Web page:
The physiological aging of the lungs and the decline in respiratory muscle strength, inevitable results of aging, lead to reductions in forced expiratory volume in one second (FEV1), forced vital capacity (FVC), and peak expiratory flow (PEF) (5). The PEF is a recognized method for measuring lung capacity, where readings depend on the patient’s voluntary effort and muscle strength. It is particularly suitable as an endpoint indicator for lung function testing in the home and community clinic settings and correlates well with the FEV1 measured by spirometry, effectively reflecting airway patency (6).

A decrease in lung function is closely related to impairments in both physical and psychological functions. Systematic reviews indicate that milder pulmonary diseases or subclinical lung function impairments may impact cardiovascular function and diseases (7). In particular, chronic obstructive pulmonary disease (COPD), characterized by chronic airflow limitation and an increased pulmonary inflammatory response, exhibits a bidirectional association with adverse cardiovascular events (8). However, the underlying mechanisms of this association remain unclear. Several potential mechanisms include pulmonary hyperinflation, hypoxemia, and pulmonary hypertension, all of which are markers of declining lung function (8, 9). Several studies utilizing community samples have investigated the association between a decrease in lung function and morbidity and mortality due to adverse cardiovascular events. A Mendelian randomization (MR) study that further subdivided cardiovascular diseases provided robust insights into the relationship between declining lung function and the risk of developing coronary artery disease (10). Previous research grouped various subtypes of cardiovascular diseases, including cerebrovascular diseases, together when investigating the relationship between lung function and cardiovascular health. This approach may overlook specific mechanisms and risk factors for each cardiovascular subtype, thereby limiting insights into how lung function affects these distinct conditions. A recent study used the UK Clinical Practice Research Datalink to explore the relationship between COPD and stroke (11).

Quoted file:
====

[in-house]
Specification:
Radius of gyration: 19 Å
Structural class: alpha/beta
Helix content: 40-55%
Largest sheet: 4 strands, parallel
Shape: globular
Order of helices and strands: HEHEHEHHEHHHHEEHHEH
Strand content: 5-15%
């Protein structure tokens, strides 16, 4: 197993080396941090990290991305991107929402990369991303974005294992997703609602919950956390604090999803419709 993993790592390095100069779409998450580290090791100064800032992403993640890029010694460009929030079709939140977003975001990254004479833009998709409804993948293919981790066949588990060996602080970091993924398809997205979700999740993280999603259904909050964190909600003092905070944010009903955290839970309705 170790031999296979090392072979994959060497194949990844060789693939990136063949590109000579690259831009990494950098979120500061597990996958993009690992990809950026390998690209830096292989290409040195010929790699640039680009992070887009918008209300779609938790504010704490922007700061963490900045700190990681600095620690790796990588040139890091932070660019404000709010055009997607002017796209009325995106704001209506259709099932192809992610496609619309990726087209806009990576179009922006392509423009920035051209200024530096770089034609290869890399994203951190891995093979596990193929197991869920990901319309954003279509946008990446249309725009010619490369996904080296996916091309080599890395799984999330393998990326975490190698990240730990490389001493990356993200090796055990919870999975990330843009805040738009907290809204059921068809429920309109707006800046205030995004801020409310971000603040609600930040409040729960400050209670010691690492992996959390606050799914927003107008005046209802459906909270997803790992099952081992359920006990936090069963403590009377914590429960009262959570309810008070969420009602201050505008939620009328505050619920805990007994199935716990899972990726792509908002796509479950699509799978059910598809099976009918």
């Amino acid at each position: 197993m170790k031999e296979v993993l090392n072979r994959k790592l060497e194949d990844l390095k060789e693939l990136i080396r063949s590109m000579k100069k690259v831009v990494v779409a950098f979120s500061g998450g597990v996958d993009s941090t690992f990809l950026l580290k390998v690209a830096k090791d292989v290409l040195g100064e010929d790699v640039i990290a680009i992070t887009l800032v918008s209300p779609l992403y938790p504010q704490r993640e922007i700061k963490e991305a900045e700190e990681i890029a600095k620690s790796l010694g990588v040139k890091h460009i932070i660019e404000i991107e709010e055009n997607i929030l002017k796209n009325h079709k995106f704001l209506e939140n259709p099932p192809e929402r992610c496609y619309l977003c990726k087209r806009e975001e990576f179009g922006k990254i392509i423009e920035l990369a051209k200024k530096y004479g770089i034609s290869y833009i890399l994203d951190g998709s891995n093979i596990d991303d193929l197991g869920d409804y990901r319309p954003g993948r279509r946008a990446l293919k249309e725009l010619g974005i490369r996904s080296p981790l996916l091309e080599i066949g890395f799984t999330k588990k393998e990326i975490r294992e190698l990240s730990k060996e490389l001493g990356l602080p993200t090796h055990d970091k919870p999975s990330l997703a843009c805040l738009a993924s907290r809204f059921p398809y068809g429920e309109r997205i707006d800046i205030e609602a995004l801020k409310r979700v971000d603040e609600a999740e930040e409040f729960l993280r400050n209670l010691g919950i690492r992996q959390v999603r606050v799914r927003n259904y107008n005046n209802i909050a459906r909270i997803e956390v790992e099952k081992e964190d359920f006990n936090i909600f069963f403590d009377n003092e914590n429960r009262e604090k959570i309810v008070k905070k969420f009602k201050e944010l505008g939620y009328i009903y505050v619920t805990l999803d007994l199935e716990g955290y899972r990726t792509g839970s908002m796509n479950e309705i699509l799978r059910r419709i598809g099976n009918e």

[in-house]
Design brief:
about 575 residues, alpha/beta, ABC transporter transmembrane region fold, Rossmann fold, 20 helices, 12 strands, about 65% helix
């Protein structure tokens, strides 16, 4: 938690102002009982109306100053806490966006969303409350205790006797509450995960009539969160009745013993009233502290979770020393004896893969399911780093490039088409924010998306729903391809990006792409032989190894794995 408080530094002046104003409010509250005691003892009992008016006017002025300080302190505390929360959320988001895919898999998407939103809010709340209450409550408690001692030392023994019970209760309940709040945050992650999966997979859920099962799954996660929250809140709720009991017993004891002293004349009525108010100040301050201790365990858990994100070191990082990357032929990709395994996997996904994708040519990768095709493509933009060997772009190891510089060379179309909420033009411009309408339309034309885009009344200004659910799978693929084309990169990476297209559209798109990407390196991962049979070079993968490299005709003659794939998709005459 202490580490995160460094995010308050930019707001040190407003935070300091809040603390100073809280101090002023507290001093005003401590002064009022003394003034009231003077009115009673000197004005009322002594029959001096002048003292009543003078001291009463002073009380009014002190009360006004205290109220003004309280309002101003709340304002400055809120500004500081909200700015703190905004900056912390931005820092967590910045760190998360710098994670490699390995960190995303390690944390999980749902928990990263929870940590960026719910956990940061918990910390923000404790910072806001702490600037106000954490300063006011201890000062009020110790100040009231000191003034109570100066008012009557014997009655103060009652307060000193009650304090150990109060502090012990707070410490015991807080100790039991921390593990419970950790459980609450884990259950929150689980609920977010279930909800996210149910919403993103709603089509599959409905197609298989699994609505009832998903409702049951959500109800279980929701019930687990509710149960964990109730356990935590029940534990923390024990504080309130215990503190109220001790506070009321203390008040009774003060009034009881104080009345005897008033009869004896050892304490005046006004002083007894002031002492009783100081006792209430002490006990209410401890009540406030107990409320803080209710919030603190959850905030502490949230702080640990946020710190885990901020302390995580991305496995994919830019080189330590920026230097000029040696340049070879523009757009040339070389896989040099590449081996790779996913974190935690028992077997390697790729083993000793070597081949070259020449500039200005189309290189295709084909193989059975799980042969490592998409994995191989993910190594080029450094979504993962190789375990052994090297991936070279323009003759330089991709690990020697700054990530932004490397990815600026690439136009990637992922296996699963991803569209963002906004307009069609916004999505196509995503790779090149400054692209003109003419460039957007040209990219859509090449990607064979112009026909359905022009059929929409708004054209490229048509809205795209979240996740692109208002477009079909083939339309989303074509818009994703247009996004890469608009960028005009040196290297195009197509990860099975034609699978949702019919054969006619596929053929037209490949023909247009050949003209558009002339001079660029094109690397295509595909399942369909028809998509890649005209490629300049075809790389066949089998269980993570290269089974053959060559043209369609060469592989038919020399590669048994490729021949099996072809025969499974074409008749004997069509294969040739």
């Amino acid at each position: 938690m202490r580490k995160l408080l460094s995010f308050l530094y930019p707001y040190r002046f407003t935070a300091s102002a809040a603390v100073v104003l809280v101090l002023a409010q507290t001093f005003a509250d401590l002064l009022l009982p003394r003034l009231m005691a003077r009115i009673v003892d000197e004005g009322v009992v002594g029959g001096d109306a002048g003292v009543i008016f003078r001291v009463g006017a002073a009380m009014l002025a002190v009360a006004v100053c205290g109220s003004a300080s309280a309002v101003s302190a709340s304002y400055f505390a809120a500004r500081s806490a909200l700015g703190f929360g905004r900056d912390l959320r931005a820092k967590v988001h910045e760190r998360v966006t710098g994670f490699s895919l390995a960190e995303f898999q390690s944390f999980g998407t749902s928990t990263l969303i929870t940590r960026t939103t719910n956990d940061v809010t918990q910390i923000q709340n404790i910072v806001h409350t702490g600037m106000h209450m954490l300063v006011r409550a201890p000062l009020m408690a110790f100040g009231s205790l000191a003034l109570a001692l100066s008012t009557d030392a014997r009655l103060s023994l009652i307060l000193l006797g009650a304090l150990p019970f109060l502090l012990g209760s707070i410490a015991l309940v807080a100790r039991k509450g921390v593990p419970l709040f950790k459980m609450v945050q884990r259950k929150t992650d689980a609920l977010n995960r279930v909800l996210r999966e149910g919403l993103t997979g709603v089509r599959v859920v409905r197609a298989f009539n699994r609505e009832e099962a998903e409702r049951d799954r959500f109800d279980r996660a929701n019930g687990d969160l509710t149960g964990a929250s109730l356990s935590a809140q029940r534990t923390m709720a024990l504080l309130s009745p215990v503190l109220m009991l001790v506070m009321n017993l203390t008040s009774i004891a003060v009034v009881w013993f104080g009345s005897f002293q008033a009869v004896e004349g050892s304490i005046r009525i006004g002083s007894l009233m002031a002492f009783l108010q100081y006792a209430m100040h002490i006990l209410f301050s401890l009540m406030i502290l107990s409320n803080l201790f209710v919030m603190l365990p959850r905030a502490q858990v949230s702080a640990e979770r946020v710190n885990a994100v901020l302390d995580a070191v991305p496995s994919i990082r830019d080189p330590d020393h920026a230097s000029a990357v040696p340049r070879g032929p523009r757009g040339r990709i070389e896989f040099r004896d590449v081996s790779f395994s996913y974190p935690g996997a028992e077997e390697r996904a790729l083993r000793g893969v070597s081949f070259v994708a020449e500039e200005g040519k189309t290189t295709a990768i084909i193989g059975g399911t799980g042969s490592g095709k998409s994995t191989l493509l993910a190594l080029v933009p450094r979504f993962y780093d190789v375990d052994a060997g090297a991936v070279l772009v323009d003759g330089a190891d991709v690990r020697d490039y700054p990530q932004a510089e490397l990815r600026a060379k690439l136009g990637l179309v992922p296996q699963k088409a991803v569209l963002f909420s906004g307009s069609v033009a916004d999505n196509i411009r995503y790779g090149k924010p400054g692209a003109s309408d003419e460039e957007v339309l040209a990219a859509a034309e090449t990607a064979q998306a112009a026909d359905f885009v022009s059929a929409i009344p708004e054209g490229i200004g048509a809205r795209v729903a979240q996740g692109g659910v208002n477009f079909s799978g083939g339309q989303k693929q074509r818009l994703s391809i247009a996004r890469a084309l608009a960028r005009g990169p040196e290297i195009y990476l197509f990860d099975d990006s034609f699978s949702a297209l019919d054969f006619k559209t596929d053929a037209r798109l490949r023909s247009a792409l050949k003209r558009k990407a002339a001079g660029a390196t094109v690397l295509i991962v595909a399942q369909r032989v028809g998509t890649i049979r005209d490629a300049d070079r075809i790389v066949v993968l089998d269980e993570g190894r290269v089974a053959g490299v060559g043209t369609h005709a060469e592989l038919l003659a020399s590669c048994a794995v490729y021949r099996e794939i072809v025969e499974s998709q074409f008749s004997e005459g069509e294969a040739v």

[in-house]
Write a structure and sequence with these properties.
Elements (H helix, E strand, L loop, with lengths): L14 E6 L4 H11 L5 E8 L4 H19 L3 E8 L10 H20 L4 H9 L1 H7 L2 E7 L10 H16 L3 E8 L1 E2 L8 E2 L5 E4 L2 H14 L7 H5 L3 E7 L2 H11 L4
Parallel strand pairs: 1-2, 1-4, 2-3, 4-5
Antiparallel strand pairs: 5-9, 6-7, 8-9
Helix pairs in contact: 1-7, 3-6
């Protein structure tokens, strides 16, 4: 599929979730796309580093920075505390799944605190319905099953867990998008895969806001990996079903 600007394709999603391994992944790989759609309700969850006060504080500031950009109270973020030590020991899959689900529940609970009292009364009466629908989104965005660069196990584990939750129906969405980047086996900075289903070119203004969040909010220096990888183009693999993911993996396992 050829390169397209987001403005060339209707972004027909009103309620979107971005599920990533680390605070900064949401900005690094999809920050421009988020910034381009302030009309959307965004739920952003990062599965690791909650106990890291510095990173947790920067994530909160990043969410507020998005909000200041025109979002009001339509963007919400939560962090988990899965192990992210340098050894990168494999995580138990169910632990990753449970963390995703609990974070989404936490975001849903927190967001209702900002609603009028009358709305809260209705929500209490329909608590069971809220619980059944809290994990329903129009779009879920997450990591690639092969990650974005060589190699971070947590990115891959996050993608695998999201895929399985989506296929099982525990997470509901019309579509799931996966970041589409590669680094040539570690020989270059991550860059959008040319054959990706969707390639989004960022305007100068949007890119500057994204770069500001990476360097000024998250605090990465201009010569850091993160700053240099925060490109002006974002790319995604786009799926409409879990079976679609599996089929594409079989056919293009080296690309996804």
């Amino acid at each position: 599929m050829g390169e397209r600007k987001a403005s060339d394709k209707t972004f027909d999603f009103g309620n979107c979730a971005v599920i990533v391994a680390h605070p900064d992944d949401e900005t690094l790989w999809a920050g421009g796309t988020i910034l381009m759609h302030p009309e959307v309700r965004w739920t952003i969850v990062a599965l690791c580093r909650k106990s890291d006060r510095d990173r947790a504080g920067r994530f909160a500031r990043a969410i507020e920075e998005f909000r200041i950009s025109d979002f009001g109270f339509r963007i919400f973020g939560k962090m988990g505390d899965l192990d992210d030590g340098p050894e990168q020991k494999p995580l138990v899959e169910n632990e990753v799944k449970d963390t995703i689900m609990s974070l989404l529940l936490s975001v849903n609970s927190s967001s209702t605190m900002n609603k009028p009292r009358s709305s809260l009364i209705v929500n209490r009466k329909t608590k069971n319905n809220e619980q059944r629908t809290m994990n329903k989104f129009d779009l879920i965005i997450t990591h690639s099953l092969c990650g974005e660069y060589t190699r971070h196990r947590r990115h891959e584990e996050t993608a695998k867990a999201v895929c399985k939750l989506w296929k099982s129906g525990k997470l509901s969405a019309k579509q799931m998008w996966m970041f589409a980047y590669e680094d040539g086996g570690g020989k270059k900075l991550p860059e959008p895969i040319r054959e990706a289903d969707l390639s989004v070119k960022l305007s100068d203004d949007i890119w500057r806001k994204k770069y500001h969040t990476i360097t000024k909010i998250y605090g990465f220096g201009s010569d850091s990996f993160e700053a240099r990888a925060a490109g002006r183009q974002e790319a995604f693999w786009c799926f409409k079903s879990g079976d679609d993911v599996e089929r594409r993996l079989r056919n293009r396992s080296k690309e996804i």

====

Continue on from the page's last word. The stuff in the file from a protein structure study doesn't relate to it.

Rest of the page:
Research on the association between declining lung function and stroke risk is limited. This study employs data from the National Health and Nutrition Examination Survey (NHANES), a comprehensive cross-sectional survey in the United States, and the Chinese Health and Retirement Longitudinal Survey (CHARLS), a nationwide cohort study in China, to investigate the relationship between declining lung function and stroke. To our knowledge, this research is the first to use extensive national epidemiological data for exploring this association. This study also provides inaugural evidence from a Chinese population, with additional MR analysis offering robust support for this association.

2 Materials and methods

2.1 Data source

The data for the observational study were derived from the 2007 to 2012 cycle of the NHANES and from the four waves of the CHARLS spanning from 2011 to 2018. The flowchart for all analyses is shown in Figure 1.

Figure 1

Figure 1. The flowchart for the observational study and MR analysis. PEF, peak expiratory flow; NHANES, National Health and Nutrition Examination Survey; CHARLS, Chinese Health and Retirement Longitudinal Survey; MR, Mendelian randomization.